Phone: 630-495-2282 Fax: 630-495-2260 Map/Directions

CPA examines how to move through an automotive recession

November 17, 2010

By Erich Merkle

There has been much talk recently about whether the United States is in a recession. Although we first saw signs of a correction in the housing sector of our economy, the automotive sector remained remarkably healthy, all things considered, through most of 2007.

Recently, however, we have begun to witness a spillover of the problems in the housing sector into U.S. light-vehicle sales. This weakness grew more evident in July as the industry produced a very disappointing seasonally adjusted annualized rate of 12.6 million units.

Why so glum?

A close look at consumer sentiment might help shed some light on the sharp decline in auto sales. The University of Michigan consumer sentiment index historically has tracked very consistently with auto sales.

Declines in consumer sentiment during the early 1980s, early 1990s, and in current years provide a significant amount of downward pressure on consumers’ ability and willingness to purchase new vehicles. A slight dip in consumer sentiment during the early part of this decade wasn’t significant enough to materially pull sales down.

Sales numbers got some help at that time from automakers pushing incentives. General Motors initiated the incentives drive in October 2001, just after Sept. 11, with its "Keep America Rolling" zero-percent financing offers. Other automakers soon followed, which allowed the industry to artificially prop up demand for cars and light trucks for a considerable period of time. Additionally, the very mild recession of 2000-01 was not a consumer-driven recession; rather, it was a result of a contraction in capital spending on the part of U.S. businesses.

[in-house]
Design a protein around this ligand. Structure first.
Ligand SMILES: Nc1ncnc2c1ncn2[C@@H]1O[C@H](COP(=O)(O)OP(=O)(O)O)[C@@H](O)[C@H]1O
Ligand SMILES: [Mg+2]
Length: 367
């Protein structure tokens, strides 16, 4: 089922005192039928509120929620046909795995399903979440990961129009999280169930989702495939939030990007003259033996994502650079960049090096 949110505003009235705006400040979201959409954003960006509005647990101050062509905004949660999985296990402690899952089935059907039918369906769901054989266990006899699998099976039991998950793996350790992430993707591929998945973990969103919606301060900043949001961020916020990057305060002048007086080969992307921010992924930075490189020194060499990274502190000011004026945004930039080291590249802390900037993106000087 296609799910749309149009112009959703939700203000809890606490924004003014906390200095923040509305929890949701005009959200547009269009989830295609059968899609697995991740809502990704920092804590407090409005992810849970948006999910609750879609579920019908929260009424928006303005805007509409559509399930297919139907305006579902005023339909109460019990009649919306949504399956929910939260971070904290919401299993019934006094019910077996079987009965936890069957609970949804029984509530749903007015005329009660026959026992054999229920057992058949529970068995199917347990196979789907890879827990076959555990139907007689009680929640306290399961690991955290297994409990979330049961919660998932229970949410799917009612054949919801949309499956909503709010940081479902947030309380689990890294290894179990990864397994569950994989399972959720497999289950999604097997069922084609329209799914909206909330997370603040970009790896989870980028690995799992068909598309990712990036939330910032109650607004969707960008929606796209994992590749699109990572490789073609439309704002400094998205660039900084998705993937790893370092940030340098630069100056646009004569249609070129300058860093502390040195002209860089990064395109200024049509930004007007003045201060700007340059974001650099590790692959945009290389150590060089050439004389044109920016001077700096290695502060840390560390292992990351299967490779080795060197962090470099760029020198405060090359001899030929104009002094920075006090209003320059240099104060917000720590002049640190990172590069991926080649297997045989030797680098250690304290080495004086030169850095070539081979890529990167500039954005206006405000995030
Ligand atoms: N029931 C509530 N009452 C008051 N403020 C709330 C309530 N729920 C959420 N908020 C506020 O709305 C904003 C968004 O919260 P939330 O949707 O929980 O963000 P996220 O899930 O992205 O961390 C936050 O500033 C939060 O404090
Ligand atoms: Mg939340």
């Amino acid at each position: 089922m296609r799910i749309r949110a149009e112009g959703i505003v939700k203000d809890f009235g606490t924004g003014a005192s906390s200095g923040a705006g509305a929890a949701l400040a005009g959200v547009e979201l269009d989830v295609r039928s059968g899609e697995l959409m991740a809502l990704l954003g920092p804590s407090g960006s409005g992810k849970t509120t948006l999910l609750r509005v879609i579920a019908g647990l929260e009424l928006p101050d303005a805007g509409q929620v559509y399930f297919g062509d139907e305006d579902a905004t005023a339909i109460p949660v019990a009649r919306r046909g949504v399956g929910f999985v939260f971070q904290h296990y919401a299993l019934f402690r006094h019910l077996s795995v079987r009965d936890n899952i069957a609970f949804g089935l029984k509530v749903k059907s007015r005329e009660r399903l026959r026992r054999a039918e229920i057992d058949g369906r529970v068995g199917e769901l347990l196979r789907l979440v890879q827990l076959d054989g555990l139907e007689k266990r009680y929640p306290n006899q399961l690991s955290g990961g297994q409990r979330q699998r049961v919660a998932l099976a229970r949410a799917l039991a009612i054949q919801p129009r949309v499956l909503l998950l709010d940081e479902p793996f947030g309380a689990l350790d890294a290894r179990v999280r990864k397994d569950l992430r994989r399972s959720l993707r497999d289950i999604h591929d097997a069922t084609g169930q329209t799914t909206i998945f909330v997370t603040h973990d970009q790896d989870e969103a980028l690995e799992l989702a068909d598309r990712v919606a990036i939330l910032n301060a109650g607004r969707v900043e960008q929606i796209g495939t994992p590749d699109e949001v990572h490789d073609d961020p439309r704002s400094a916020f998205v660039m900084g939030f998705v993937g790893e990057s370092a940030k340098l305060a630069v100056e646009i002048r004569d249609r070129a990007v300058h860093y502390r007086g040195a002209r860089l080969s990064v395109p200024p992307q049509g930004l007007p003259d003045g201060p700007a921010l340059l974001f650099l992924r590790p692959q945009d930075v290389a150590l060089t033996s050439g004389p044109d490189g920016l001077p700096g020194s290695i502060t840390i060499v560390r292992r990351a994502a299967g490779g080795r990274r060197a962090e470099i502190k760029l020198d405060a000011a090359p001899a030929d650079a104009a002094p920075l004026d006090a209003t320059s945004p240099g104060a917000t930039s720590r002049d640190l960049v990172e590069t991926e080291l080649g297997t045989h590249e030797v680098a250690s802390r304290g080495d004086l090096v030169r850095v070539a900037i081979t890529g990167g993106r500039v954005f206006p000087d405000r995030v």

Today’s challenges

Consumers today face a number of challenges that will likely make this automotive recession look much more like that of the correction in 1991-92. Consumers are facing high levels of debt against the backdrop of declining asset values.

Home values, once thought to be impervious to decline, continue to slide. As the value of most consumers’ largest asset declines and the price of fuel continuesto rise, consumers have begun to feel less secure financially.

Combine this with deterioration in the labor markets, and light vehicles sales will continue to be muted for some time as a result.

Credit markets in the near term, including banks and the lending arms of automakers, will also place continued downward pressure on light vehicle sales, as many are just not inclined to provide lease financing any longer given the uncertainty surrounding vehicle residual values.

When many of the leases on pickup trucks and sport utility vehicles were made in 2005 and 2006, the residuals of these vehicles were thought to be rock-solid.

New-home construction was hitting record levels and gasoline was extremely affordable by historical standards, creating a very fertile environment for these large products.

Today, new-home construction, which dramatically supports and is highly correlated to sales of pickups, has declined to almost 20-year lows. Additionally, fuel prices are at record levels, even when adjusted for inflation.

When does it turn?

While these types of corrections can be difficult to determine, history does provide some clues. We have been through credit crunches before. Fuel price spikes aren’t new either. We submit that this period of instability in the credit markets and the current spike in fuel prices will not last forever.

Although the automotive industry will weather these latest challenges, the next 12 months will not be without a little pain and uneasiness.

A deeper recession?

It is reasonable to believe that this automotive recession will be deeper than the one experienced in 2000-01, especially given the soft sales numbers to date, consumer sentiment levels, and credit conditions.

The current correction is already well beyond that of 2000-01, with July annualized sales results down almost 9 percent year-over-year.

Conversely, we don’t see conditions in the overall state of the economy producing a correction anything like the one experienced in 1980-81; today’s economy is not experiencing the same double-digit inflation and unemployment levels it was then, so light vehicle sales should bottom out by midyear 2009.

While we should start to see some sales gains on a sequential basis by the second quarter of 2009, gains on a year-over-year comparative basis likely won’t come until the second half of next year.

The writer is a senior manager with Crowe Horwath LLP in the Grand Rapids, Mich., office.